Continued Polarisation: Globally, the average level of acceptance has increased since 1980. 

  • 56 of 175 countries and locations experienced increases in acceptance since 1980. 
  • 57 countries and locations experienced a decline. 
  • 62 countries and locations experienced no change. 
  • Brazil, Canada, Great Britain, and the United States have all increased their acceptance of LGBTIQA+ people and rights. 
  • In 2020, Iceland, Norway, the Netherlands, Sweden, and Canada were the most accepting countries. 
  • Countries in Australia and Oceania, North and South America, and Western Europe have had positive changes in their GAI scores since 1990. 

Trends in the GAI in other regions have either not changed over this timeframe or trended slightly downward. In the past decade, the range of levels of acceptance has increased. Levels of acceptance have become less polarised, yet:

  • The most accepting countries have experienced increased levels of acceptance. 
  • The least accepting countries have experienced decreased levels of acceptance. 
  • Levels of acceptance in countries near the global average have stayed relatively stable, though stable attitudes are also present for countries that have long been more accepting and less accepting.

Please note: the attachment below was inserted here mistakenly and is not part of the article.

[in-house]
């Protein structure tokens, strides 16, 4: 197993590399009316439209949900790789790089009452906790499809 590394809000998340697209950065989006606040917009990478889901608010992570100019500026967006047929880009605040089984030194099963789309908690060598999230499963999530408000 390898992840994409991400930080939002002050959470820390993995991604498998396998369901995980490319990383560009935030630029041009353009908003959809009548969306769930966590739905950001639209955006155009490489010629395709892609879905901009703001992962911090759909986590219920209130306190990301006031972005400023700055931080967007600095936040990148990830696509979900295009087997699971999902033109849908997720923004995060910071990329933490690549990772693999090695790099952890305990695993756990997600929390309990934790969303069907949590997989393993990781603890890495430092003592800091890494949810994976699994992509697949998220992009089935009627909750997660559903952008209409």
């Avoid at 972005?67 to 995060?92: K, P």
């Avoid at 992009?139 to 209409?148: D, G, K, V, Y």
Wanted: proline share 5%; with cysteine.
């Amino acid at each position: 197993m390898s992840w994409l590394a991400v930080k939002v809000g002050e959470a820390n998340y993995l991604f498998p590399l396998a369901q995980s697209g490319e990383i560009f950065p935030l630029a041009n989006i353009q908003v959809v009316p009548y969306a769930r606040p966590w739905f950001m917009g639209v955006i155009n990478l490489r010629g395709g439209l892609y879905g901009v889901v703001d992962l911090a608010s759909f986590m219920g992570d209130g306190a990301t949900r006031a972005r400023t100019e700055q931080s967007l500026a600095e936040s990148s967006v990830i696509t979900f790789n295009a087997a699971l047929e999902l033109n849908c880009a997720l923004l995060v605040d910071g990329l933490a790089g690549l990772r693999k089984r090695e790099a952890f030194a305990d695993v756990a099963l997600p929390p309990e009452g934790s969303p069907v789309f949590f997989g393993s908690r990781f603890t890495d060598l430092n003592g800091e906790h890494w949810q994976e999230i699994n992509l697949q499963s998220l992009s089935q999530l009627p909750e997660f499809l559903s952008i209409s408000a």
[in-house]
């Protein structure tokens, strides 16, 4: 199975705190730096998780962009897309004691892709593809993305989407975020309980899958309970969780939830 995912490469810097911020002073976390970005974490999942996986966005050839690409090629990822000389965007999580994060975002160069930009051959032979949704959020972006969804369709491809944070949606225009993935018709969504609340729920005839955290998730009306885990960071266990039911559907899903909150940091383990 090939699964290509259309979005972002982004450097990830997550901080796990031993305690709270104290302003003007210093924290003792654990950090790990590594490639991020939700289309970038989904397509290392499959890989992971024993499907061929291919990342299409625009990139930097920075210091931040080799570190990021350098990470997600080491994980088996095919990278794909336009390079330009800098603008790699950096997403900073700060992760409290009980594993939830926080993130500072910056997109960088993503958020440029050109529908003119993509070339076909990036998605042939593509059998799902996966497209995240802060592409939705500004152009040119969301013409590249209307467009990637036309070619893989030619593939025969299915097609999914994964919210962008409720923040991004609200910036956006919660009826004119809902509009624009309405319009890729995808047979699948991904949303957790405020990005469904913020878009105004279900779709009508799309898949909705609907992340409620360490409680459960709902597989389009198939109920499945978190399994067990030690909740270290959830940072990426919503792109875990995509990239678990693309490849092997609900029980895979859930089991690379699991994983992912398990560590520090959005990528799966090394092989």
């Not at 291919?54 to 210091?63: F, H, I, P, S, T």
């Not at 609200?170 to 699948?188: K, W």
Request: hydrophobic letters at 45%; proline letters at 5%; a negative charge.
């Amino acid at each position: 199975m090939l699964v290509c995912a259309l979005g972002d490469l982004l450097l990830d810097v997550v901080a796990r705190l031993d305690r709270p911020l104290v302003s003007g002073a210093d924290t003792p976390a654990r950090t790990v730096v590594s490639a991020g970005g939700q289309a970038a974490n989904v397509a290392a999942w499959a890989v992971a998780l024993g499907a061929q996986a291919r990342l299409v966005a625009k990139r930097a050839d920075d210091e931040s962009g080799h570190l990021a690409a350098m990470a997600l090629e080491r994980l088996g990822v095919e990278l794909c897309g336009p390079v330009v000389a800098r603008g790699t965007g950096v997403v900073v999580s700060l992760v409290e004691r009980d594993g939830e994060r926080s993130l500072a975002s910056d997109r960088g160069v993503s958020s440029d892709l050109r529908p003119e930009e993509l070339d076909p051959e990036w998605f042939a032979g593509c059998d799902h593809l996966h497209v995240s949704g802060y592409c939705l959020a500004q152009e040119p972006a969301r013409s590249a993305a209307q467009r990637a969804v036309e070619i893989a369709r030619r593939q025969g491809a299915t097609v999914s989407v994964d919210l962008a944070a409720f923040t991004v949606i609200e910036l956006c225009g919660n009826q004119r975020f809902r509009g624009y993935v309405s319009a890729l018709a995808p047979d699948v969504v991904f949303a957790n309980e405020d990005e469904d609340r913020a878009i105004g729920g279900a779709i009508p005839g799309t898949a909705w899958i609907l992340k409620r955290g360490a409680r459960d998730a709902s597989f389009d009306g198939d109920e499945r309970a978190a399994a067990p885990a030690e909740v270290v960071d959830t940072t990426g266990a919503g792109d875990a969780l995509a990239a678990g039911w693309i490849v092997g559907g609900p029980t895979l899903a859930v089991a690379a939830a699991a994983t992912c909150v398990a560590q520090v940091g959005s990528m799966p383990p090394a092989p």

• Peru, Mozambique, Barbados, Saint Kitts and Nevis, and Palestine each had very little change in acceptance between 2010 and 2020.

LGBTIQA+ personnel are able to serve in the armed forces of some countries around the world: the vast majority of industrialised, Western countries including some South American countries such as Argentina and Chile in addition to South Africa, and Israel. The rights concerning intersex people are more vague.

This keeps pace with the latest global figures on acceptance of homosexuality, which suggest that acceptance of LGBTIQA+ communities is becoming more widespread only in secular, affluent countries. However, an accepting policy toward gay and lesbian soldiers does not invariably guarantee that LGBTIQA+ citizens are immune to discrimination in that particular society. Even in countries where LGBTIQA+ persons are free to serve in the military, activists lament that there remains room for improvement. Israel, for example, a country that otherwise struggles to implement LGBTIQA+positive social policy, nevertheless has a military well known for its broad acceptance of openly gay soldiers.